But now is now and your relatives are who they are, probably mostly upper-middle class and, therefore, mostly sophisticated and aware. Now the knowledge can sink in and move to the background and everything will be as cool as it was before.

Lucky!

Steven Lester said...

Oh, I did mean to ask: the photo of you in the sunglasses by the frozen duck pond; what is its history and how old were you when it was taken?

J G-W said...

You're very fortunate... Not everyone is so lucky with their family.

I feel I was one of the lucky ones too. My immediate family has become extremely supportive (though there was a little bit of struggle initially). Most of my extended family has been great too...

Jonathan Adamson said...

@Steven- Their are two more groups of people I haven't told. Friends that are not immediately close to me and my life, but whom I still consider good friends who have been influential in my life. The second group is church leaders. That will be my last wave of "coming out."

My family actually is pretty diverse. Blood relatives originated in California, but many have lived here most my life. In-laws are from different places. Some are converts, very few aren't members. Some are adopted.

The converts have actually been the most supportive and unafraid to ask questions and express support. My family on both sides has been in the church a long time. Both came out of Utah somewhere down the line.

The family I got together with was planning a family temple trip, so they are faithful, recommend holding members. Some have college education, but many do not. Some are better off than others. Some live pay check to pay check, job to job.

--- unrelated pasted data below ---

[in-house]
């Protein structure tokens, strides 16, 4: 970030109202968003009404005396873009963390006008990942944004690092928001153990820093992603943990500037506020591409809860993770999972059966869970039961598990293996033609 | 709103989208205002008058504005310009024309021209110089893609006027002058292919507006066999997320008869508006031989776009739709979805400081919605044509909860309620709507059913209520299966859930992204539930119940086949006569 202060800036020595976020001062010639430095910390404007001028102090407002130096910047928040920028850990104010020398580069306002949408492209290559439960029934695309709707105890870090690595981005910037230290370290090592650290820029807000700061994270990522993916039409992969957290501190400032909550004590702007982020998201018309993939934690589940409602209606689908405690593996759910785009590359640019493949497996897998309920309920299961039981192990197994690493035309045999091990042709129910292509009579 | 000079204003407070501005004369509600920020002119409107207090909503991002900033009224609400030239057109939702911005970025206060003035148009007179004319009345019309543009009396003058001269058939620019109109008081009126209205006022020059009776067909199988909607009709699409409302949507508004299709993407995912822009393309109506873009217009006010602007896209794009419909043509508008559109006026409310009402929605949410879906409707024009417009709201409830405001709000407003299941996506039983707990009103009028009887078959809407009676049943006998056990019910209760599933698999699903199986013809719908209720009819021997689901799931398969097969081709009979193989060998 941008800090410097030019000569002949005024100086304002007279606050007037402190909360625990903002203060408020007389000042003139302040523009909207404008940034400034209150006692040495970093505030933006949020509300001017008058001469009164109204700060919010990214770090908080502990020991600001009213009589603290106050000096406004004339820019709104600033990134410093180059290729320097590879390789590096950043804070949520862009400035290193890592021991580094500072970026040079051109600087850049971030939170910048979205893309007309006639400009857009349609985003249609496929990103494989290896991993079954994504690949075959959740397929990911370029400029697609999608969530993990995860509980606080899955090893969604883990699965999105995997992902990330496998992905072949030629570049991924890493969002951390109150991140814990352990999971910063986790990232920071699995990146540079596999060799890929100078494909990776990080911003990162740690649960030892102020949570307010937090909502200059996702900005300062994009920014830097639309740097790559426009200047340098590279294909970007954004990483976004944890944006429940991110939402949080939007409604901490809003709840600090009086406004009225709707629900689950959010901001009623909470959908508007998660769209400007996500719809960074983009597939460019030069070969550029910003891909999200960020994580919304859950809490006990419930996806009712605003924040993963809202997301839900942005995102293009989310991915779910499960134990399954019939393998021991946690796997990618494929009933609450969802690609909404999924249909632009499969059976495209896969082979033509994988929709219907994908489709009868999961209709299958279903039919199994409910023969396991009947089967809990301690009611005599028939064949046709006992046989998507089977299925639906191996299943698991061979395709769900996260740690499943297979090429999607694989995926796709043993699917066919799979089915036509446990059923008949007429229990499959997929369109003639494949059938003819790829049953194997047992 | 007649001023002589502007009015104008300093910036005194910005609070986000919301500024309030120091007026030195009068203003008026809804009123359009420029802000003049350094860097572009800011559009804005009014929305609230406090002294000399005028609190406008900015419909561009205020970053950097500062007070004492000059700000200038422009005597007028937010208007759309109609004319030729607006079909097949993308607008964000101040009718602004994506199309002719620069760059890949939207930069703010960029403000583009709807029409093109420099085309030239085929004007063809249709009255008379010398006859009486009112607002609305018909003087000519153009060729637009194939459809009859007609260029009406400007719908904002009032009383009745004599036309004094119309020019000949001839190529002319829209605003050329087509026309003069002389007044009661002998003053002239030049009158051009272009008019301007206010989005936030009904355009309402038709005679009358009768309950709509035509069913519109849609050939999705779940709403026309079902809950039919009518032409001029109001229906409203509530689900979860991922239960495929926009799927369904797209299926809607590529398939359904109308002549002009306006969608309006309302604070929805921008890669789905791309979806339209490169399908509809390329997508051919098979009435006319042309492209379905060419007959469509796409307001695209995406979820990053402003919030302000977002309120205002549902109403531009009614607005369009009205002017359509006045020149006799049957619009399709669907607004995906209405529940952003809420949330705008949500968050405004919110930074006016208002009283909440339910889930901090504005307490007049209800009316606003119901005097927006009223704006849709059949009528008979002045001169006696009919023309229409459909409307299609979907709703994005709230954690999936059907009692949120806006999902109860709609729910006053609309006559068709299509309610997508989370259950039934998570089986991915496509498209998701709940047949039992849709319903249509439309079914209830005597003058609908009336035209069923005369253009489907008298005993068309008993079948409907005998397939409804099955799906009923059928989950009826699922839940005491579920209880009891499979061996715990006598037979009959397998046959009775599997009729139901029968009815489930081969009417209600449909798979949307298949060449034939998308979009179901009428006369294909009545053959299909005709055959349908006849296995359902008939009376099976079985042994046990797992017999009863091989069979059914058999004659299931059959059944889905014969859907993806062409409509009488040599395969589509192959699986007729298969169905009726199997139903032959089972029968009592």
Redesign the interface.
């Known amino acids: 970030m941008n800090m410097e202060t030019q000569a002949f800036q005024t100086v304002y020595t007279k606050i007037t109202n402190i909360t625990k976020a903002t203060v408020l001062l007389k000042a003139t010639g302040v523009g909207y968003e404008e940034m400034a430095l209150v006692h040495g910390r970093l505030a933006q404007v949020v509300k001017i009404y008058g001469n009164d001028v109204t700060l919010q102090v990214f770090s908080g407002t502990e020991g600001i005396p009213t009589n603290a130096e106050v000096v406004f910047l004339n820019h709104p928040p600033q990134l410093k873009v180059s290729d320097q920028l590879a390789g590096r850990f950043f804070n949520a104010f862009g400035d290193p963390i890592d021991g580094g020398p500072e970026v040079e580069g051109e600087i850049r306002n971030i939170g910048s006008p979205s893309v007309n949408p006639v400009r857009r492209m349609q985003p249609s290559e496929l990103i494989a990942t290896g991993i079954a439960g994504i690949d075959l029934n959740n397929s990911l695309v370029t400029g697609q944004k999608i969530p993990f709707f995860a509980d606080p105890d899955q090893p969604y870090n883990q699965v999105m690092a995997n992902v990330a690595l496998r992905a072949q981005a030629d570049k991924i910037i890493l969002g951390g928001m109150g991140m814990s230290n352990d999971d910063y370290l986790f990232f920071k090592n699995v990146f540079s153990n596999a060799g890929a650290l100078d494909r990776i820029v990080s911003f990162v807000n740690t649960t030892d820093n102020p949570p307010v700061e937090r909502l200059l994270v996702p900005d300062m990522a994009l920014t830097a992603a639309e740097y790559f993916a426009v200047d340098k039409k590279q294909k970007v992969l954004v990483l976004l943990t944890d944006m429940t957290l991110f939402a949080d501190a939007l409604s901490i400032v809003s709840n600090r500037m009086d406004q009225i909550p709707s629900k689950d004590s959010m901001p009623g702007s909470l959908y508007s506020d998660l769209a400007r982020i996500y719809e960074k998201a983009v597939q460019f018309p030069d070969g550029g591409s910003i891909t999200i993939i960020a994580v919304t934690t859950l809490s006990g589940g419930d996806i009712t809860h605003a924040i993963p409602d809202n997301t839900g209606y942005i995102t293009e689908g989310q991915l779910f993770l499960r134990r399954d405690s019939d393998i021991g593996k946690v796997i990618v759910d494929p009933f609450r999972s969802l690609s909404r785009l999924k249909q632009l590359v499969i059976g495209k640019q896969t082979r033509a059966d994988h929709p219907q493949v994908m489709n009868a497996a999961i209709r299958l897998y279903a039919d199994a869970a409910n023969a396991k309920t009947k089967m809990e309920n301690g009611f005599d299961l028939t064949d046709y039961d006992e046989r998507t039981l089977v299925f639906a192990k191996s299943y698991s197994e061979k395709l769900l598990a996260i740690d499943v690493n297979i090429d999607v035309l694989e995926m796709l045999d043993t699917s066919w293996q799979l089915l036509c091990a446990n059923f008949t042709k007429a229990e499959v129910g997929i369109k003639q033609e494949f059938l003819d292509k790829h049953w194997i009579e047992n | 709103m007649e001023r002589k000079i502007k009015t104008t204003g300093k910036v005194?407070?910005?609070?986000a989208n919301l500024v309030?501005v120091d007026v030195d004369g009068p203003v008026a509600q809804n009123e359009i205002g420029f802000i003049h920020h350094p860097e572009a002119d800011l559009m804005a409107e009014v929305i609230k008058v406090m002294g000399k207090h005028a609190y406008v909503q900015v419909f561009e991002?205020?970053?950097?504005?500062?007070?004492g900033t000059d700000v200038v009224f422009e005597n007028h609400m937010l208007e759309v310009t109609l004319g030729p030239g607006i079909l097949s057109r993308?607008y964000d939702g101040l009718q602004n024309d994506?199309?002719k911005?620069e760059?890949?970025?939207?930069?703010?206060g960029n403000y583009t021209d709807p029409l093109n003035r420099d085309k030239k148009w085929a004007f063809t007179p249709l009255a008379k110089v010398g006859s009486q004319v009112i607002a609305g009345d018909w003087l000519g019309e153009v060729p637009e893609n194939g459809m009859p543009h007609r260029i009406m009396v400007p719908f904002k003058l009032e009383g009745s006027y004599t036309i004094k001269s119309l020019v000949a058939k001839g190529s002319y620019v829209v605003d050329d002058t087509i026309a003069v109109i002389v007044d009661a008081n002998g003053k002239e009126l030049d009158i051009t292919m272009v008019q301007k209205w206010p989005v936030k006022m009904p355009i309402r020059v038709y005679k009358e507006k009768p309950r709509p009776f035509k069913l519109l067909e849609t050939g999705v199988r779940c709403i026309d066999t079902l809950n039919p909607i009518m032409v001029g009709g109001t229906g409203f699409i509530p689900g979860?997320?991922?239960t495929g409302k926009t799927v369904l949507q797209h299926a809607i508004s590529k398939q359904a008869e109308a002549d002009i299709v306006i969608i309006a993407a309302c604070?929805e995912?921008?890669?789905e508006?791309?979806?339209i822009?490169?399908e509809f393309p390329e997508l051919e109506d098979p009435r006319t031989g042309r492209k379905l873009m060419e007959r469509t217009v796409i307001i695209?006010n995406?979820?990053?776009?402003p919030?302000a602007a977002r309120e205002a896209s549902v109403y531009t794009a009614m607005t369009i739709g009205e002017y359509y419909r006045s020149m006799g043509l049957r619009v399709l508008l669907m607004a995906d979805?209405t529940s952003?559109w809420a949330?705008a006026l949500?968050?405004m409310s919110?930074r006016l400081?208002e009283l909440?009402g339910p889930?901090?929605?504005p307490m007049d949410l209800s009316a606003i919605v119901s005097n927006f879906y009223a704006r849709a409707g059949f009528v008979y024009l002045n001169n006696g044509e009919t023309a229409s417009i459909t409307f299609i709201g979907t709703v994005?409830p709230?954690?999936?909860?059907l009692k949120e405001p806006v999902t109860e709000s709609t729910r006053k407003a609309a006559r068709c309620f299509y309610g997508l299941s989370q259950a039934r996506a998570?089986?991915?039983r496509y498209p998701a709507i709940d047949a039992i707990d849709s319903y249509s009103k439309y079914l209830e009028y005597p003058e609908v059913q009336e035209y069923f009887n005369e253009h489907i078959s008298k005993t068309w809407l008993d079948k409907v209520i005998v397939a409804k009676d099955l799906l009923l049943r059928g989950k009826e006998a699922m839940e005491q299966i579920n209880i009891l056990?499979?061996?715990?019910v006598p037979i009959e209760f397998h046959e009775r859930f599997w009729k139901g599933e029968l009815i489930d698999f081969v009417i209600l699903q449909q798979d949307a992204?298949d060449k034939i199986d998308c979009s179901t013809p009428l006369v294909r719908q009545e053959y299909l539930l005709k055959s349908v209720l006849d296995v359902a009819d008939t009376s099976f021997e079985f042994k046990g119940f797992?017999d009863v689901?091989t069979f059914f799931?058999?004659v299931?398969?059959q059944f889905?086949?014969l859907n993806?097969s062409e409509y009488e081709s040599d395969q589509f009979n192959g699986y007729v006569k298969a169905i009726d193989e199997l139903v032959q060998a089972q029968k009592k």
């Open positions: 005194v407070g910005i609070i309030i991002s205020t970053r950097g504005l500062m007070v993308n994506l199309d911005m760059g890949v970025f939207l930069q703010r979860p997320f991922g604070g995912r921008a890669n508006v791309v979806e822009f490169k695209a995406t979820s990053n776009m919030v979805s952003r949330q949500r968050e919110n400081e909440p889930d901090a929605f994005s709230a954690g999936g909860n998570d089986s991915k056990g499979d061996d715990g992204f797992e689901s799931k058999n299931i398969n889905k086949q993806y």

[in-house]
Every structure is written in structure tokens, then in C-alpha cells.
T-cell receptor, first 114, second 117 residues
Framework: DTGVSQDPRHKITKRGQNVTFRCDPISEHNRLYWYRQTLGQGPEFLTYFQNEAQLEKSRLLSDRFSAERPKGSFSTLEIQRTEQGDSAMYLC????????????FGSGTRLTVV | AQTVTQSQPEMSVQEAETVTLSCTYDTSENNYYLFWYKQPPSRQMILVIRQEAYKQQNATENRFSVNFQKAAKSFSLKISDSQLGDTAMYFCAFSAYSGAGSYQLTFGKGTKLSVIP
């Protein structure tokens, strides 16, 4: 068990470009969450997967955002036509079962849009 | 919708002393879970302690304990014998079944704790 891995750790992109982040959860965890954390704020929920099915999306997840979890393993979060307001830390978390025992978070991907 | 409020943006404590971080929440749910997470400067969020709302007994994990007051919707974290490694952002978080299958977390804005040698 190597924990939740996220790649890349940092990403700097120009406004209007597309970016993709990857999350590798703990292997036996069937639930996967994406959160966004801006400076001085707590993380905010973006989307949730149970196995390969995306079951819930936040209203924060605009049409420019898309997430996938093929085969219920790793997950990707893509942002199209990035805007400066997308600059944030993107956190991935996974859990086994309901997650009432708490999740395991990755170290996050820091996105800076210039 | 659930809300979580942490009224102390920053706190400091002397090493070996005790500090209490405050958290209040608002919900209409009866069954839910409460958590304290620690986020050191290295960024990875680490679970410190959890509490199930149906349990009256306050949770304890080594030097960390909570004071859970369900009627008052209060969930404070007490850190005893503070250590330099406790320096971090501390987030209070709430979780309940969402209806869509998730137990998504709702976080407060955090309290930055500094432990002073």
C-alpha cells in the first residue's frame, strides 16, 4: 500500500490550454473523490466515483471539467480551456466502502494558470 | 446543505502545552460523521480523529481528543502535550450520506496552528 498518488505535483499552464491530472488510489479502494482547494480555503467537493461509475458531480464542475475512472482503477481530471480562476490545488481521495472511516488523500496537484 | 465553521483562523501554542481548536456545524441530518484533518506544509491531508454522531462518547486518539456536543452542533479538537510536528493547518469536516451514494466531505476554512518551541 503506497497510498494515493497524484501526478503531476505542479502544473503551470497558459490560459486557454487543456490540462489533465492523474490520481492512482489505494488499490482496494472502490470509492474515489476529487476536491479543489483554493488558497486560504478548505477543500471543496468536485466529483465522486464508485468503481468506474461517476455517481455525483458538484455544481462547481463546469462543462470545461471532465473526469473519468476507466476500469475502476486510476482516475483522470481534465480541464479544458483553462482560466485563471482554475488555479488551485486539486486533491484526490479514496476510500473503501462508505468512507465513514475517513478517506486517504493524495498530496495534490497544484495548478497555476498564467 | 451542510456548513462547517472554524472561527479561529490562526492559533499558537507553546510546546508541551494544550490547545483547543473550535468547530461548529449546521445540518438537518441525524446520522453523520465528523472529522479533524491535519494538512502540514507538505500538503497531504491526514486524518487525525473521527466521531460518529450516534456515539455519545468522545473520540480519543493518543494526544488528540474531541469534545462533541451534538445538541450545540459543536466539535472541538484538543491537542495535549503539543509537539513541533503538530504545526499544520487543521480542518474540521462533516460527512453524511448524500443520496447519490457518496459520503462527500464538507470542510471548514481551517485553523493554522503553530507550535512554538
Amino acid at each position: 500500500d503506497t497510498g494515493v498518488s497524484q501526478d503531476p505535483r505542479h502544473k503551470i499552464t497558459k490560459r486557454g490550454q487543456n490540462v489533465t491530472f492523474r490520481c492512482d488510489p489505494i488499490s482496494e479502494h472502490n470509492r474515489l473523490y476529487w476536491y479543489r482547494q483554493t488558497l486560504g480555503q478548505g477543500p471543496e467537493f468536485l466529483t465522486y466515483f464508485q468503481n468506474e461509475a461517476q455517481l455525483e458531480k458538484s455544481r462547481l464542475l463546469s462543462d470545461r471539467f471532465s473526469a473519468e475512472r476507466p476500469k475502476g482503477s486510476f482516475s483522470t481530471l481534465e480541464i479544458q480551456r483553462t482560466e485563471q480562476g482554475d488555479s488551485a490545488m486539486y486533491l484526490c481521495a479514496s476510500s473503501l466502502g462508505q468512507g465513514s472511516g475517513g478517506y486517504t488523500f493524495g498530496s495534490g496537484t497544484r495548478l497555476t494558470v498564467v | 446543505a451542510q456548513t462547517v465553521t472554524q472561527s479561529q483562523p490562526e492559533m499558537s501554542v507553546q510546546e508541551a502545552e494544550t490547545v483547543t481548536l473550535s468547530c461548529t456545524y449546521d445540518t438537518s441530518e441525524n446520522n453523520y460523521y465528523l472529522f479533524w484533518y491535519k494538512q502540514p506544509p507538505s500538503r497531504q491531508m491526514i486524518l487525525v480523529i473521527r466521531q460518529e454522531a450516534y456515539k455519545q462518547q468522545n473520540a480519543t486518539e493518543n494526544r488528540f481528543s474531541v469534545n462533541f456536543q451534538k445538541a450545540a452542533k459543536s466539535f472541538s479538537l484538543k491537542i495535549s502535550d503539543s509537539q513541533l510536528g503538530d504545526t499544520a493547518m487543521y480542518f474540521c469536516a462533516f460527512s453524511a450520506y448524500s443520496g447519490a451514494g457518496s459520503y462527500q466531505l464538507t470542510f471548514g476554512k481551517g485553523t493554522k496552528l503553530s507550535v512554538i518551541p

But all of them have shown amazing love and support towards me. I will detail some of the things they said in a video.

About the picture: That was taken last winter on Utah lake, so I was 24. I was shooting a scene for a short film for a project at BYU.

Steven Lester said...

In time, when you trust us a little more, you should share some of your projects with us. I'm sure they would be received quite positively, and they are reflections of yourself that would touch us to glimpse, to use the word.

You can see how much I lump people together without considering that they are all individuals with unique personas, each and every one of them. Sorry about that.

Duck said...

I am happy for you, Jonathan, that your experiences coming out to your family and extended family has been so well received. The fact that they accept you lovingly shows in the kind of man you are. Without them, you would not be who are today.

I have shared with several in my family (my twin sister, her two daughters and their families, and two nephews) that I am gay. I have shared with those whom I know will love me despite anything they may find out about me. The others? Well, I have come close to telling a couple more of them, but have held back because I did not want to cause more stress and withdrawal from people I love. It is tough. Perhaps in time.

I have another question or two for you, if they are not too personal:

1. when it comes down to you choosing someone with whom you want to spend your life, will he have a background with Mormonism, as you do?

2. Will you choose to marry in a state where it is legal to marry, will you have a commitment ceremony, or do you even wish to have a life partner?

Hope you have had a good Martin Luther King Day.

Love and respect, always.

Bravone said...

I'm really happy your family has reacted the way they have. I agree with Duck that it is a reflection on the man that you are. It also is a reflection on their understanding of agency.

bradcarmack said...

Thumbs UP for authenticity.